Chatting with Norsk Hydro VP of Finance and Strategy Mike Stier about the infrastructure bill’s impact on aluminum

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U.S. President Joe Biden on Monday signed the $1.2 trillion Infrastructure Investment and Jobs Act into law.

The bill includes funding to upgrade the country’s transportation infrastructure, electric grid and more. As such, the projects will certainly need metals like steel, copper and aluminum, among others.

infrastructure

Newport Coast Media/Adobe Stock

In that vein, we recently chatted with Mike Stier, Norsk Hydro vice president of finance and strategy, about the bill’s potential impacts on the aluminum market.

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Infrastructure bill’s impact on aluminum demand

Infrastructure investment has traditionally been viewed in the context of roads, bridges, airports, etc. However, the infrastructure bill has a forward-looking environmental component to tackle climate change, Stier noted.

Among those improvements include supporting the electrification of cars and supporting infrastructure and upgrading power grids. All of those projects will impact aluminium demand. From its conductive properties to its use in vehicle lightweighting to demand for products like road signs, walkways, or masts and towers, aluminum is likely to get a demand boost as a result of the bill.

Demand time frame

So, how quickly will the bill’s provisions and projects start to impact demand for metals like aluminum?

Financial stimulus measures can cycle in an economy over a 12-24 month period. However, Stier said Hydro sees this infrastructure program rolling out over a decade.

Infrastructure for the infrastructure will need to be in place to make the bill’s projects happen. As a result, there will be an incremental increase in demand for trucks, trailers, scaffolding and multiple other in-directs, Stier added. Demand will also increase for products directly consumed by the beneficiaries of such investment, including automotive sheet and extrusions, aluminium cabling for power transmission, and the aforementioned masts, towers and other aluminum structures.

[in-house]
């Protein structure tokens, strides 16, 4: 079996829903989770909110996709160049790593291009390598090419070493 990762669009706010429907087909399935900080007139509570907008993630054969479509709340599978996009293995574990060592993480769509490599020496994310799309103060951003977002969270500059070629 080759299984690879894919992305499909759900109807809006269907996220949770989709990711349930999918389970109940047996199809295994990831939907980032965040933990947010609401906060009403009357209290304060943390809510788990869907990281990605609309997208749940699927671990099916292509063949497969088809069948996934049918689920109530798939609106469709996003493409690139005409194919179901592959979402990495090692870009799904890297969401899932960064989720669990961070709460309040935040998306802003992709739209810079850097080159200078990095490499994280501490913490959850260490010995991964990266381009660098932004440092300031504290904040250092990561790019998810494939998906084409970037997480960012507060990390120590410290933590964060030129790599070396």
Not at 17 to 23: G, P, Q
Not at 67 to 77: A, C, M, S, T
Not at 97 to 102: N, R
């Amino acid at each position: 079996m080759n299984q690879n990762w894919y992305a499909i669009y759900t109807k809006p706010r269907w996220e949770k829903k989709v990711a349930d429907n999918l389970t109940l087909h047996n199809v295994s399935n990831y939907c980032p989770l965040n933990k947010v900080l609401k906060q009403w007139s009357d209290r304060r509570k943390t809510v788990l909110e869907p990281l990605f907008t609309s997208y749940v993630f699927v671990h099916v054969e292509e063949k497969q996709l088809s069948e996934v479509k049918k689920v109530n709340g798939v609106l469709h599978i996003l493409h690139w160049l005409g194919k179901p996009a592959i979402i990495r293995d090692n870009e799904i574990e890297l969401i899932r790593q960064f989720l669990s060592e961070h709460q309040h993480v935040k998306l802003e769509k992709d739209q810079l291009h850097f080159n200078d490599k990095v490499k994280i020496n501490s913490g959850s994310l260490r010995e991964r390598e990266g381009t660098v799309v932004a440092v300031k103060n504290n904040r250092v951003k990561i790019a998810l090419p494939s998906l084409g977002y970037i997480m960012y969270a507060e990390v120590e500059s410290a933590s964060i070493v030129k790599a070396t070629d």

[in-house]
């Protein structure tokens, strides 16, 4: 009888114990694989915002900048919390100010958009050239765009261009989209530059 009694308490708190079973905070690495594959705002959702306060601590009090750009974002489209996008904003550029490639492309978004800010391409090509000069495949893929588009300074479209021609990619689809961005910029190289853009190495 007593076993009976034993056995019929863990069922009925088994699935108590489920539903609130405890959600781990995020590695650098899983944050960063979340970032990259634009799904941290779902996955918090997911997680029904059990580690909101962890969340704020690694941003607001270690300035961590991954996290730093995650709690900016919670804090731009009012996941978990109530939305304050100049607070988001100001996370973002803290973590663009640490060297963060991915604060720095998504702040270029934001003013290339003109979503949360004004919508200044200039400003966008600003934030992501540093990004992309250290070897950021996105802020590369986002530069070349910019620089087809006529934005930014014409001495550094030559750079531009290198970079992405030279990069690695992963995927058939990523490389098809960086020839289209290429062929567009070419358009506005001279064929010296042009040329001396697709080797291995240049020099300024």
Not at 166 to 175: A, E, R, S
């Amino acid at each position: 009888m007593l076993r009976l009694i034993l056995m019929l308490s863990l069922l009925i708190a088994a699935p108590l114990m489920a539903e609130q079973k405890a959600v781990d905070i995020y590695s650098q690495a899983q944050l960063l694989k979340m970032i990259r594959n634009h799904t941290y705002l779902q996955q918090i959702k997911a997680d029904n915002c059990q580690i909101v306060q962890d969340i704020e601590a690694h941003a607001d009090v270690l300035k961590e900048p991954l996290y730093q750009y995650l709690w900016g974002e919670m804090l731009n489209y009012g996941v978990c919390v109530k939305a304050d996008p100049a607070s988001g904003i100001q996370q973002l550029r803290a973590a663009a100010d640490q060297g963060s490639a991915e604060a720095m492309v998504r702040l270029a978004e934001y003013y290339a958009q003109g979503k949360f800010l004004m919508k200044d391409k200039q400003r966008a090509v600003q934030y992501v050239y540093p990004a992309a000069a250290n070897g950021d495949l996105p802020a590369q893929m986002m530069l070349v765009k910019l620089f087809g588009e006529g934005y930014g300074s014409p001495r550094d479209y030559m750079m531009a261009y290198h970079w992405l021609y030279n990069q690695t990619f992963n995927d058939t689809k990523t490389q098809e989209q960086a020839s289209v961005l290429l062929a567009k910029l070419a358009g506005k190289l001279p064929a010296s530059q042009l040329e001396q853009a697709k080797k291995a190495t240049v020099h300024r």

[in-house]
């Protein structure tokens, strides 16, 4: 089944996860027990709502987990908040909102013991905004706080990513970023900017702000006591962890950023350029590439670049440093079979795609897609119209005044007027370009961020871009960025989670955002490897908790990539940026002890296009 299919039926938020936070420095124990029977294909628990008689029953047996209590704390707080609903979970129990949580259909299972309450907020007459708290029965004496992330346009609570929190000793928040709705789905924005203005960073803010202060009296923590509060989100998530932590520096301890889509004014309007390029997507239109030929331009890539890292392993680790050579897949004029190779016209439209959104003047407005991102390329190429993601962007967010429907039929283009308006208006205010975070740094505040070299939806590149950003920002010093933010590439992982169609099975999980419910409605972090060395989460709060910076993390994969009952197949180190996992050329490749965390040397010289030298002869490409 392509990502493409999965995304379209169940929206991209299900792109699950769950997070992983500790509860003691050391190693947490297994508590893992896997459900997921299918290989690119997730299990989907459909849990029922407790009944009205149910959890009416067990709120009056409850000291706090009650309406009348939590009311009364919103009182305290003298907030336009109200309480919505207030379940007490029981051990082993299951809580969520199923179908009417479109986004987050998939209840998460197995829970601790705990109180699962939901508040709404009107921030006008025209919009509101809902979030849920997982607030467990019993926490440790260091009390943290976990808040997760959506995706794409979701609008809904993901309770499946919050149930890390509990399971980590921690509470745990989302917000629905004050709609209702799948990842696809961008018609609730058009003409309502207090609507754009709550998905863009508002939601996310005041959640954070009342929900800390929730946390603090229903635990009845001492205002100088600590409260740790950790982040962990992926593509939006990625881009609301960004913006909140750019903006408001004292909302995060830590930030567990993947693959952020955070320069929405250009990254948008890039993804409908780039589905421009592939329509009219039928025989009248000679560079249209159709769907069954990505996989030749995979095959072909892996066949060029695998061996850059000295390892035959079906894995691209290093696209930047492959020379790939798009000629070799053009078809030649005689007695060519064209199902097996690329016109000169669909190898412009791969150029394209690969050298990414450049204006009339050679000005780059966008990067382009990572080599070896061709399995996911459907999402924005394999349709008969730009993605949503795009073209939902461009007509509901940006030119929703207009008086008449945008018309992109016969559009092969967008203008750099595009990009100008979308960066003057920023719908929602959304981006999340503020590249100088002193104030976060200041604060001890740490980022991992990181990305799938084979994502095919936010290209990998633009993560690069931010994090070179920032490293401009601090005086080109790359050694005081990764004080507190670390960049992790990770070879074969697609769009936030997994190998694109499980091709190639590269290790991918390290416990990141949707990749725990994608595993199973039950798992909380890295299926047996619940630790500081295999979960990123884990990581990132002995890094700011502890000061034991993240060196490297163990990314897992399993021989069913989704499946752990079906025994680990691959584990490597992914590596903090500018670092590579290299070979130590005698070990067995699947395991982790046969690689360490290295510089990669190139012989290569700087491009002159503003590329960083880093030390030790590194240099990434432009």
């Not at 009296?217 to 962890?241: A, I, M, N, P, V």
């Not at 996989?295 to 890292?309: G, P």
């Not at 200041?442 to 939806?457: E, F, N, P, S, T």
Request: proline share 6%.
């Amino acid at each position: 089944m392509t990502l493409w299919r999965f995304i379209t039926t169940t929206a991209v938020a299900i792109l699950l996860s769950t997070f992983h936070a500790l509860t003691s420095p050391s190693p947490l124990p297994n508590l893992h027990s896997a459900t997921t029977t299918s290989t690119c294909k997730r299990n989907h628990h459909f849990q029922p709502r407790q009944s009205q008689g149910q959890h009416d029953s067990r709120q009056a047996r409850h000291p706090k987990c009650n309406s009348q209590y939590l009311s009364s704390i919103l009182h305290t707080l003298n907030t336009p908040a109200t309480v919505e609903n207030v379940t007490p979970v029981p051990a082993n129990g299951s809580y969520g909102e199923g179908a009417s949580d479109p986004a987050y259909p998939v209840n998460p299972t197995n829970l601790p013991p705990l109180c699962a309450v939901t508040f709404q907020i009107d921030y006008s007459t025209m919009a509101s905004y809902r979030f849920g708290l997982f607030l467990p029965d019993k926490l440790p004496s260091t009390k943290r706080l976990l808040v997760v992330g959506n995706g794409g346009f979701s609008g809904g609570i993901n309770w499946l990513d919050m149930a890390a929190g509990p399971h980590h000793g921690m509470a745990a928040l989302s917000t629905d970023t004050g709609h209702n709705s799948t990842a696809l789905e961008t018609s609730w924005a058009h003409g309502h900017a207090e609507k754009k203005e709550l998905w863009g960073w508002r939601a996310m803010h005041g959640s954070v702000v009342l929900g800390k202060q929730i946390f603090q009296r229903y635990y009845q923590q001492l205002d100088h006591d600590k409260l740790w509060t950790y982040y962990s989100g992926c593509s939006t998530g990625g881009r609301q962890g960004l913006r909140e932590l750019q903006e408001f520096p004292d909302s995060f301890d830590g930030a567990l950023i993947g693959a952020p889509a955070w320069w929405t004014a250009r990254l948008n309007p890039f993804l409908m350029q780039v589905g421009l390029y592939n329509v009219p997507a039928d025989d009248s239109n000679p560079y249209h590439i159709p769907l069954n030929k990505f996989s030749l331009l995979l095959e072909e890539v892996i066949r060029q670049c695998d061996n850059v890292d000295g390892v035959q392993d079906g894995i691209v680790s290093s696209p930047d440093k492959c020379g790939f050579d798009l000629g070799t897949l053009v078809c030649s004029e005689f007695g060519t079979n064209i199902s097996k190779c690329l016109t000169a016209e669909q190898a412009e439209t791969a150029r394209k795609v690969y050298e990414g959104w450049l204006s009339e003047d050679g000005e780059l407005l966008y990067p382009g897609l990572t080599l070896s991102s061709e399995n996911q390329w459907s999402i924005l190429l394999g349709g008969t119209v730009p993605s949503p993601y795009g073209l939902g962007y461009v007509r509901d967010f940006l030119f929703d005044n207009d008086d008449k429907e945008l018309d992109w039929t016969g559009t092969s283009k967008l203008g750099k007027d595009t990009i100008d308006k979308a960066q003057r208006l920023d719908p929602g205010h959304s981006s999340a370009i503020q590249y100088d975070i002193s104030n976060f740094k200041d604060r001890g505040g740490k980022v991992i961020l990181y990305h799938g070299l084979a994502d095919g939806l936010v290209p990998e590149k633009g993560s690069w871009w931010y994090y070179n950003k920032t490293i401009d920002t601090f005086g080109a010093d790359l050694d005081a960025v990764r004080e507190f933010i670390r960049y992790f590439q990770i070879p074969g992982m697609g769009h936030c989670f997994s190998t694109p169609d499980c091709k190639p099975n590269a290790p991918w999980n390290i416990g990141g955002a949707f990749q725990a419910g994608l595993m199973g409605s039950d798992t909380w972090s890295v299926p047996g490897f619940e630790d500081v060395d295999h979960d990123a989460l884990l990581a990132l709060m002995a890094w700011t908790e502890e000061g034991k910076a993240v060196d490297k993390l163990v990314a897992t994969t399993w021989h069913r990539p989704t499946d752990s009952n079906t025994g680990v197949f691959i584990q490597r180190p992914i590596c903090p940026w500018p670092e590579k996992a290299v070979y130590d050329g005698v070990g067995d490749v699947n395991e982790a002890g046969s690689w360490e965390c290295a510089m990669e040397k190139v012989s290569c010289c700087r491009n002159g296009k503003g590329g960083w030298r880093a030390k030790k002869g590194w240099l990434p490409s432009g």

Aluminum price impact

Taking aluminum extrusions as an example consumption reached some 6 billion lbs in 2018 and fell due to the pandemic. However, it is projected to rise back above that level through 2023-2025.

Aluminum growth — pandemic excepted — has been positive for decades, Stier noted, adding he sees the infrastructure program as being supportive of consumption through not just the near term but through the second half of the decade.

The demand side of the equation will be supported, he added, but there are uncertainties over timing and priorities for investment.

Could tight market lead to US increasing imports?

The North American market needs aluminum imports.

While imports may not be sucked in to meet specific infrastructure applications, Buy America where applied will deter that, to the extent that domestic supply is taken to fulfill the program.

Imports will continue to play a role in meeting that displaced demand. The next 12-18 months will likely continue to be a roller coaster of supply disruption. That would be supportive of the current status quo regarding prices and lead times. While inventory levels are improving, the Midwest premium is likely to remain elevated for some time to come.

Looking ahead

Hydro has expansion plans in place, Stier said. Furthermore, the firm can probably accelerate those plans faster than the infrastructure investments can practically be brought to reality. As such, the company is not so much adding new expansion plans because of the infrastructure program. However, it may well bring the timing forward if market demand looks like it is justified.

Finally, Stier added that the environmental focus of the infrastructure plan aligns very closely with Hydro’s own ethos on sustainability, of promoting recycling and reducing the total carbon content of its products by continual improvement across its value chain from smelting to post-consumer recovery for recycling.

The challenge the firm sees is in maximizing the opportunities from the outset, in ensuring scrap arising from infrastructure replacement or rebuilding is captured and recycled as effectively as it can be. Failure to do so would be a wasted opportunity for a plan that has meeting the challenges of climate change as a core objective, he added.

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